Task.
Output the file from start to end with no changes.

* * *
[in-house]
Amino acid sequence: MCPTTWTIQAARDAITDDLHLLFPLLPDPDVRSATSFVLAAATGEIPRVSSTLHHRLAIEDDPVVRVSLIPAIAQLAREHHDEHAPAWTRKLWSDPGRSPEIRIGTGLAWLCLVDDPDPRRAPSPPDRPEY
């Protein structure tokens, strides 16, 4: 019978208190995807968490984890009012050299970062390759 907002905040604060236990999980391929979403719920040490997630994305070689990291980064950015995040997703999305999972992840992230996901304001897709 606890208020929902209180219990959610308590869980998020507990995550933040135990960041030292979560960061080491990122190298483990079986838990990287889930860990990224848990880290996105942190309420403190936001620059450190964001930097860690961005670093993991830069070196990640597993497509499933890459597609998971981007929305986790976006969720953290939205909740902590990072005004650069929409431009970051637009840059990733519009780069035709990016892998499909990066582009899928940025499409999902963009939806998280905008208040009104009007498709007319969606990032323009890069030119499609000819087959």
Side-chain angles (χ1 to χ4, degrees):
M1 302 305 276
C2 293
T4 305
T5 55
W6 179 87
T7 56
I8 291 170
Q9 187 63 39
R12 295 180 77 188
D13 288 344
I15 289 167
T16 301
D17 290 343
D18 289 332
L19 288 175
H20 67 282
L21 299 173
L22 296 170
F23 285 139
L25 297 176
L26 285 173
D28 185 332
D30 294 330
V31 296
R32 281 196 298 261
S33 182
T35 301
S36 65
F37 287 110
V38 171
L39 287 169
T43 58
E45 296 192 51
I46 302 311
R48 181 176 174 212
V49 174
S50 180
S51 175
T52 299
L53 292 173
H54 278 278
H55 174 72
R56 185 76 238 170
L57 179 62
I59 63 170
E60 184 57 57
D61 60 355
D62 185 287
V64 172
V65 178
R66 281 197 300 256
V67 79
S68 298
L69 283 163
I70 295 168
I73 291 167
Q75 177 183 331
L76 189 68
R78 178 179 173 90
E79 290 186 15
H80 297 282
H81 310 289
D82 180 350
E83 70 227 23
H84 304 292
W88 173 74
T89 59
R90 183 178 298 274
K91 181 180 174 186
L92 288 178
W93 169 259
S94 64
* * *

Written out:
[in-house]
Amino acid sequence: MCPTTWTIQAARDAITDDLHLLFPLLPDPDVRSATSFVLAAATGEIPRVSSTLHHRLAIEDDPVVRVSLIPAIAQLAREHHDEHAPAWTRKLWSDPGRSPEIRIGTGLAWLCLVDDPDPRRAPSPPDRPEY
């Protein structure tokens, strides 16, 4: 019978208190995807968490984890009012050299970062390759 907002905040604060236990999980391929979403719920040490997630994305070689990291980064950015995040997703999305999972992840992230996901304001897709 606890208020929902209180219990959610308590869980998020507990995550933040135990960041030292979560960061080491990122190298483990079986838990990287889930860990990224848990880290996105942190309420403190936001620059450190964001930097860690961005670093993991830069070196990640597993497509499933890459597609998971981007929305986790976006969720953290939205909740902590990072005004650069929409431009970051637009840059990733519009780069035709990016892998499909990066582009899928940025499409999902963009939806998280905008208040009104009007498709007319969606990032323009890069030119499609000819087959």
Side-chain angles (χ1 to χ4, degrees):
M1 302 305 276
C2 293
T4 305
T5 55
W6 179 87
T7 56
I8 291 170
Q9 187 63 39
R12 295 180 77 188
D13 288 344
I15 289 167
T16 301
D17 290 343
D18 289 332
L19 288 175
H20 67 282
L21 299 173
L22 296 170
F23 285 139
L25 297 176
L26 285 173
D28 185 332
D30 294 330
V31 296
R32 281 196 298 261
S33 182
T35 301
S36 65
F37 287 110
V38 171
L39 287 169
T43 58
E45 296 192 51
I46 302 311
R48 181 176 174 212
V49 174
S50 180
S51 175
T52 299
L53 292 173
H54 278 278
H55 174 72
R56 185 76 238 170
L57 179 62
I59 63 170
E60 184 57 57
D61 60 355
D62 185 287
V64 172
V65 178
R66 281 197 300 256
V67 79
S68 298
L69 283 163
I70 295 168
I73 291 167
Q75 177 183 331
L76 189 68
R78 178 179 173 90
E79 290 186 15
H80 297 282
H81 310 289
D82 180 350
E83 70 227 23
H84 304 292
W88 173 74
T89 59
R90 183 178 298 274
K91 181 180 174 186
L92 288 178
W93 169 259
S94 64